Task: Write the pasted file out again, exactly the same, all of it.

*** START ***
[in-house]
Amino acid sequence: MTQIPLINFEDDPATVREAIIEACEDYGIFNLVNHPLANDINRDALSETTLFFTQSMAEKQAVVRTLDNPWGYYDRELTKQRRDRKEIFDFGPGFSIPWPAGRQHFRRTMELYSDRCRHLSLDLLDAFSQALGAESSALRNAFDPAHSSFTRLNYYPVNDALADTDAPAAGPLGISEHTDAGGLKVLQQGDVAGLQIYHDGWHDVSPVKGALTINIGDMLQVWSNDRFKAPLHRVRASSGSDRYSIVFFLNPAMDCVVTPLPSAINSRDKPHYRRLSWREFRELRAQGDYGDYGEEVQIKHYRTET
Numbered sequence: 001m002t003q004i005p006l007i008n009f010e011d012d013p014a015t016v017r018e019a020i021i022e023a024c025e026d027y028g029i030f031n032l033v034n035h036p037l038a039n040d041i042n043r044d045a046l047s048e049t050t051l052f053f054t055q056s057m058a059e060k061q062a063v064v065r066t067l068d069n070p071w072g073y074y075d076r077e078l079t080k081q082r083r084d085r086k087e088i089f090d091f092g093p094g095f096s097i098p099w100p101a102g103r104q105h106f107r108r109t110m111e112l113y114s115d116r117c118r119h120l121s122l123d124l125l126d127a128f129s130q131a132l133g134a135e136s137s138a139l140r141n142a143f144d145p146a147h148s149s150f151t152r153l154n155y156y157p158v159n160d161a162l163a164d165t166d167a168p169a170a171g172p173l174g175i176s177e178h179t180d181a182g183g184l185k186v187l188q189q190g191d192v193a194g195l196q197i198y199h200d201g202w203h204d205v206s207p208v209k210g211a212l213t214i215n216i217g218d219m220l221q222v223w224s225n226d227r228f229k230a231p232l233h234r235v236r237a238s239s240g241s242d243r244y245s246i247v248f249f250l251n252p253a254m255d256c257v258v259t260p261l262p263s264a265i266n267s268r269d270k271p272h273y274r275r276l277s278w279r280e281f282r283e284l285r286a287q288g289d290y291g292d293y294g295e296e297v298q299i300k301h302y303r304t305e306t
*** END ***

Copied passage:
[in-house]
Amino acid sequence: MTQIPLINFEDDPATVREAIIEACEDYGIFNLVNHPLANDINRDALSETTLFFTQSMAEKQAVVRTLDNPWGYYDRELTKQRRDRKEIFDFGPGFSIPWPAGRQHFRRTMELYSDRCRHLSLDLLDAFSQALGAESSALRNAFDPAHSSFTRLNYYPVNDALADTDAPAAGPLGISEHTDAGGLKVLQQGDVAGLQIYHDGWHDVSPVKGALTINIGDMLQVWSNDRFKAPLHRVRASSGSDRYSIVFFLNPAMDCVVTPLPSAINSRDKPHYRRLSWREFRELRAQGDYGDYGEEVQIKHYRTET
Numbered sequence: 001m002t003q004i005p006l007i008n009f010e011d012d013p014a015t016v017r018e019a020i021i022e023a024c025e026d027y028g029i030f031n032l033v034n035h036p037l038a039n040d041i042n043r044d045a046l047s048e049t050t051l052f053f054t055q056s057m058a059e060k061q062a063v064v065r066t067l068d069n070p071w072g073y074y075d076r077e078l079t080k081q082r083r084d085r086k087e088i089f090d091f092g093p094g095f096s097i098p099w100p101a102g103r104q105h106f107r108r109t110m111e112l113y114s115d116r117c118r119h120l121s122l123d124l125l126d127a128f129s130q131a132l133g134a135e136s137s138a139l140r141n142a143f144d145p146a147h148s149s150f151t152r153l154n155y156y157p158v159n160d161a162l163a164d165t166d167a168p169a170a171g172p173l174g175i176s177e178h179t180d181a182g183g184l185k186v187l188q189q190g191d192v193a194g195l196q197i198y199h200d201g202w203h204d205v206s207p208v209k210g211a212l213t214i215n216i217g218d219m220l221q222v223w224s225n226d227r228f229k230a231p232l233h234r235v236r237a238s239s240g241s242d243r244y245s246i247v248f249f250l251n252p253a254m255d256c257v258v259t260p261l262p263s264a265i266n267s268r269d270k271p272h273y274r275r276l277s278w279r280e281f282r283e284l285r286a287q288g289d290y291g292d293y294g295e296e297v298q299i300k301h302y303r304t305e306t